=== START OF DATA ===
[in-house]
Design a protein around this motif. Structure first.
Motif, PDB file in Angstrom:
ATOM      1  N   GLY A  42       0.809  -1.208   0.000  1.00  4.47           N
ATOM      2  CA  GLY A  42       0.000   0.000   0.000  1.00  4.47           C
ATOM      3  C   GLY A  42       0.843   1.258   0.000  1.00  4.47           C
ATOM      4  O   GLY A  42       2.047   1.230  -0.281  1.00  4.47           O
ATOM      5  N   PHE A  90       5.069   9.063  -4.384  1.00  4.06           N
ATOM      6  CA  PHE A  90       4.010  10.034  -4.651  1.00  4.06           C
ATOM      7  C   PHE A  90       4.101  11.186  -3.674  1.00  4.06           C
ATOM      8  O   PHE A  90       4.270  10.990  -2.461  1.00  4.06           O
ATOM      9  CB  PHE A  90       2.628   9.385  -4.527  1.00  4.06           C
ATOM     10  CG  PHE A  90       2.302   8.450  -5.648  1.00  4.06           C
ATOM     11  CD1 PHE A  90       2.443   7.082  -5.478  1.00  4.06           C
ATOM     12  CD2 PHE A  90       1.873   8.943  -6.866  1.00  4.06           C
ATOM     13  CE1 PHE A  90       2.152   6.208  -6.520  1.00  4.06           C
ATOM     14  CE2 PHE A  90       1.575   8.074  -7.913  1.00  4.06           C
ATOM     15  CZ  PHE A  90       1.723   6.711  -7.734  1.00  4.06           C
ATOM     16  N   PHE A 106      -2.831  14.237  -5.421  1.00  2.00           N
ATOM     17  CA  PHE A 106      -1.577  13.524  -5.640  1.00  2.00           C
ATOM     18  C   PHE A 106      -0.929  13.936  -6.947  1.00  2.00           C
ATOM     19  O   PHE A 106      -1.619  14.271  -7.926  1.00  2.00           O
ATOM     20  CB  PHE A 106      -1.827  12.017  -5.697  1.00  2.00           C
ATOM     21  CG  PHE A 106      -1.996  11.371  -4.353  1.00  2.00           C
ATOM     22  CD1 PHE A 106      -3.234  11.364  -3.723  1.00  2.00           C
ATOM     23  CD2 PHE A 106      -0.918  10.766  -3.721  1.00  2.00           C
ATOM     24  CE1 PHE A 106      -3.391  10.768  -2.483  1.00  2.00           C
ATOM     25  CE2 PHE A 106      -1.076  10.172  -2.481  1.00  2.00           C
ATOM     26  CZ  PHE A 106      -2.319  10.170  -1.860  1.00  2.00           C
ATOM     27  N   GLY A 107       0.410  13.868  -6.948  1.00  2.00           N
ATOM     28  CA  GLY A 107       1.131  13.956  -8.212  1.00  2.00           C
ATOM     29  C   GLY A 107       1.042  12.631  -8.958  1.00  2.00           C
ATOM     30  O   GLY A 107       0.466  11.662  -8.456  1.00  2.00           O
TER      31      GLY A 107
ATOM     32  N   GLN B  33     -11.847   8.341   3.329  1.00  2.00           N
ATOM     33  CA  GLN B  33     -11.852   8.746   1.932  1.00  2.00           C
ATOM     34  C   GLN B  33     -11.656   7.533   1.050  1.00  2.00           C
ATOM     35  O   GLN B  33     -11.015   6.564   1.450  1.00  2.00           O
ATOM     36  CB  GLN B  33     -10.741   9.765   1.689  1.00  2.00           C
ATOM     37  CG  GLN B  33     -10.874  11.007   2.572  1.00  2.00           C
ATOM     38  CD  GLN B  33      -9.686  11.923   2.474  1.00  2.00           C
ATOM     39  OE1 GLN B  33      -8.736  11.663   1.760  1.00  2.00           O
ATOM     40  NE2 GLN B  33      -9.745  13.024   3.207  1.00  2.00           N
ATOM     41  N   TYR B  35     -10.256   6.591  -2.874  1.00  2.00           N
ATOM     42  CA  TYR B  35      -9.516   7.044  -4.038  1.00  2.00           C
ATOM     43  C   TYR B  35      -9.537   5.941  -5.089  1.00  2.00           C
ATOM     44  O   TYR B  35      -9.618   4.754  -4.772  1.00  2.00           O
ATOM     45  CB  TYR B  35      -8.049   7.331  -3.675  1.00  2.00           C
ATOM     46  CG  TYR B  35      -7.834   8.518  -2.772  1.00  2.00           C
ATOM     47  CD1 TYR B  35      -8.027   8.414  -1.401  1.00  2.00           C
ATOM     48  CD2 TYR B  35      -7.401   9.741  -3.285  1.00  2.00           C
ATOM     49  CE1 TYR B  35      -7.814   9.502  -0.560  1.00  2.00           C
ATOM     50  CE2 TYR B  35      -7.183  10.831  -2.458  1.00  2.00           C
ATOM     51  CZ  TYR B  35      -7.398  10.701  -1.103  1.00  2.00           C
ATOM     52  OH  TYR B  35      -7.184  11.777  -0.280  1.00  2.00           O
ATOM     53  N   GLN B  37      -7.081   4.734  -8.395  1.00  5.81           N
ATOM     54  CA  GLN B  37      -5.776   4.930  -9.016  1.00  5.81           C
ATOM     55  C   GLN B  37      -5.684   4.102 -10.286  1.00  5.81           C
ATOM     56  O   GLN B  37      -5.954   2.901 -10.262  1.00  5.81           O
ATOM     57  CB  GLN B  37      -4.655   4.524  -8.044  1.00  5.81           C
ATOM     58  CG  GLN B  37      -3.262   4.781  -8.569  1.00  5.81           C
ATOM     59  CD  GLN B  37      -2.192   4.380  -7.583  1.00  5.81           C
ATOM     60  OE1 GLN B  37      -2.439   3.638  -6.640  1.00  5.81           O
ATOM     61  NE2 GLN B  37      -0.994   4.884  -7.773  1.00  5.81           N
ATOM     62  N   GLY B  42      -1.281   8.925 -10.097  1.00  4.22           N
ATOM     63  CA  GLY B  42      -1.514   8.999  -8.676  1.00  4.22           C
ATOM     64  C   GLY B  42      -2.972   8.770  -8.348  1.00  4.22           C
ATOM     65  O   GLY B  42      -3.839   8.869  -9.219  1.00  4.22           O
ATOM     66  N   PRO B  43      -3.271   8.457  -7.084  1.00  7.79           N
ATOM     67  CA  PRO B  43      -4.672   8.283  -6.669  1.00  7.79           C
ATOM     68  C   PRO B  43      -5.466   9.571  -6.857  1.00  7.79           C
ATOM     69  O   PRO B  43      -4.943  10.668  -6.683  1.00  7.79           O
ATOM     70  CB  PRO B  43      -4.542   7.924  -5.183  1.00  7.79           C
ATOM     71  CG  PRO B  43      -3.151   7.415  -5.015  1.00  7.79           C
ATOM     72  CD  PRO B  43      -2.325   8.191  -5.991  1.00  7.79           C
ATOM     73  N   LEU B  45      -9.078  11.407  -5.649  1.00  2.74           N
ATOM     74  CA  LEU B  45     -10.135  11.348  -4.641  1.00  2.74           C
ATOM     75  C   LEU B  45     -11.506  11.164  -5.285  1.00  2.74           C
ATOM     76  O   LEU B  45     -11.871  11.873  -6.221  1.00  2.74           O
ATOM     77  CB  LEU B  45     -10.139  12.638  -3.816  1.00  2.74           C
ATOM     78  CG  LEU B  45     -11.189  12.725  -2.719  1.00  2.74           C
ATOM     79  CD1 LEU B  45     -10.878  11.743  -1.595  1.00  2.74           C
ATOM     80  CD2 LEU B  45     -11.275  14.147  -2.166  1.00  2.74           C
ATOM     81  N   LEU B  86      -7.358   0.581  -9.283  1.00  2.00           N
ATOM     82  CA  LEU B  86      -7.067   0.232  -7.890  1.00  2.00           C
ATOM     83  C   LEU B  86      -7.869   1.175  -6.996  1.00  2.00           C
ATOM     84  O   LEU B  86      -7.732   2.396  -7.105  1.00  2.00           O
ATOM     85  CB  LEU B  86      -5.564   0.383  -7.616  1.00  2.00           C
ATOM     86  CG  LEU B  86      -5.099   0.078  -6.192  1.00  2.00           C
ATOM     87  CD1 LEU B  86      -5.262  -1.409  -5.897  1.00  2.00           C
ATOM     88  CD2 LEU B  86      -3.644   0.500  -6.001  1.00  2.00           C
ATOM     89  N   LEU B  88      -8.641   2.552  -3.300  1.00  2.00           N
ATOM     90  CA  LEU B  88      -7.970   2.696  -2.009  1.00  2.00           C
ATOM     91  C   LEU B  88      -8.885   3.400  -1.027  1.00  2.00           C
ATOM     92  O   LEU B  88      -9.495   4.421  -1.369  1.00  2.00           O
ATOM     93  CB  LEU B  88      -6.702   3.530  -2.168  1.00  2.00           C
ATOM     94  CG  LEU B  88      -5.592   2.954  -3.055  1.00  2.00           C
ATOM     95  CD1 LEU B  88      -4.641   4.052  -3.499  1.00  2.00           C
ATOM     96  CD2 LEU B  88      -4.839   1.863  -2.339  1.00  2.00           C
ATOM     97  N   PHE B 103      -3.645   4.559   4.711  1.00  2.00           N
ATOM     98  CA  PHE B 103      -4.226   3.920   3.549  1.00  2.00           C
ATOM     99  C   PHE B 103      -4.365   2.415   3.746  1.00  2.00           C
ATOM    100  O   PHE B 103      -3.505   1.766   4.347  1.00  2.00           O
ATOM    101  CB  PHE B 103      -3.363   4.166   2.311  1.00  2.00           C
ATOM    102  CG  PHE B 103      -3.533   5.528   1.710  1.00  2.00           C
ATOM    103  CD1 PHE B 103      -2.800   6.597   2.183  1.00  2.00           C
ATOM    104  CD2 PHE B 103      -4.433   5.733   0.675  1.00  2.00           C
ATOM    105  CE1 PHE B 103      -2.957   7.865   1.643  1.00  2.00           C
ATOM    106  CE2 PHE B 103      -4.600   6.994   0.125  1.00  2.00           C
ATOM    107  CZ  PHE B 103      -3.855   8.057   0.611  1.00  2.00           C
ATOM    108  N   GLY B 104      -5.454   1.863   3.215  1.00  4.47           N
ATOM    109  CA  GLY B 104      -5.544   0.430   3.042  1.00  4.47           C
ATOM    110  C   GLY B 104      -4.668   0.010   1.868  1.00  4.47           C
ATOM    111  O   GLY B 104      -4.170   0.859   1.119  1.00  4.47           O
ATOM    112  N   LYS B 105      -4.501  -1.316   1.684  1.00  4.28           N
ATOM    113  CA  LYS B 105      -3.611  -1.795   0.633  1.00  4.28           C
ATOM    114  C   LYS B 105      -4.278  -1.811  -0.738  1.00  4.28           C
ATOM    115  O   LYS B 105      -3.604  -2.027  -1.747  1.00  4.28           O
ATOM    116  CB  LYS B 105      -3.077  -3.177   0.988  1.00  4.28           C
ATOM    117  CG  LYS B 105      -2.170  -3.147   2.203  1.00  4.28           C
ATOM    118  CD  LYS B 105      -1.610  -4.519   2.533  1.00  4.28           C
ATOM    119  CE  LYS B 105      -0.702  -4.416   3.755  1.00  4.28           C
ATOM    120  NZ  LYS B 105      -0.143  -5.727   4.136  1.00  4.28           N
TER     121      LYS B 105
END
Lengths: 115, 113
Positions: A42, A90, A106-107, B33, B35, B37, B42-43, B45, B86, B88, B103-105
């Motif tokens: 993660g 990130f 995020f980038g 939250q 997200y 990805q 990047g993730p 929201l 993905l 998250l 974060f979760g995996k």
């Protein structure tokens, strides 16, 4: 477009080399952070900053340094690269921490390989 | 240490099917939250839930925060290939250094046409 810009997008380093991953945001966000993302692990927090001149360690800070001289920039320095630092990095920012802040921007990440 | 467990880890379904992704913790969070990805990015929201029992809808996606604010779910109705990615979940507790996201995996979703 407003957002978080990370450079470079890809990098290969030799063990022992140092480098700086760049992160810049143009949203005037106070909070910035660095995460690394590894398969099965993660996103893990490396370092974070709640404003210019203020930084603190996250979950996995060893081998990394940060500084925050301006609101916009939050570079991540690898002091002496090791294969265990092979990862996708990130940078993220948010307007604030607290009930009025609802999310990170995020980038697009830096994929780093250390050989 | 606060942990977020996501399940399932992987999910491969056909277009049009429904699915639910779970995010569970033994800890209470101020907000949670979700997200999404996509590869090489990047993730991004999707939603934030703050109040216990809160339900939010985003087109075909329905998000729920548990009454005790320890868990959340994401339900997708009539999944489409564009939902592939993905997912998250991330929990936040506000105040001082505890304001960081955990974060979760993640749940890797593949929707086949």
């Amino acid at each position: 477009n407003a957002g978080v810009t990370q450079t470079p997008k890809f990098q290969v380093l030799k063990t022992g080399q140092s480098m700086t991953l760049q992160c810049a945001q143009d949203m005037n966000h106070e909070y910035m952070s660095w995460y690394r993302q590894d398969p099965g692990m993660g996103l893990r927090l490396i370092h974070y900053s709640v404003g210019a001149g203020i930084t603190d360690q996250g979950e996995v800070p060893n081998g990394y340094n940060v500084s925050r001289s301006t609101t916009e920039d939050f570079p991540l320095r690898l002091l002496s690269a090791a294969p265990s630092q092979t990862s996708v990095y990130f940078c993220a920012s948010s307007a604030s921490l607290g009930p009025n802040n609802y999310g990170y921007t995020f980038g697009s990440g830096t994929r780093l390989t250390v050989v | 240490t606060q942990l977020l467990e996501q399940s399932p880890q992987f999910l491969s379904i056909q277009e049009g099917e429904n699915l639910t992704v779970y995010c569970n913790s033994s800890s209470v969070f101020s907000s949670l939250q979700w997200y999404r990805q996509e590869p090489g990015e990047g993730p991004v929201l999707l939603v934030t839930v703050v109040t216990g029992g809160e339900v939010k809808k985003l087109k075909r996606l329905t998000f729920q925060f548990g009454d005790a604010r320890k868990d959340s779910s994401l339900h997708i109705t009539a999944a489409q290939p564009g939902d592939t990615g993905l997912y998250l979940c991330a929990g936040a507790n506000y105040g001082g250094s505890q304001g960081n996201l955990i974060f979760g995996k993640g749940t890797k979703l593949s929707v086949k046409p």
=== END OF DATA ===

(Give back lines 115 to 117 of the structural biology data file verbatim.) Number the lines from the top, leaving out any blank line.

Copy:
ATOM    112  N   LYS B 105      -4.501  -1.316   1.684  1.00  4.28           N
ATOM    113  CA  LYS B 105      -3.611  -1.795   0.633  1.00  4.28           C
ATOM    114  C   LYS B 105      -4.278  -1.811  -0.738  1.00  4.28           C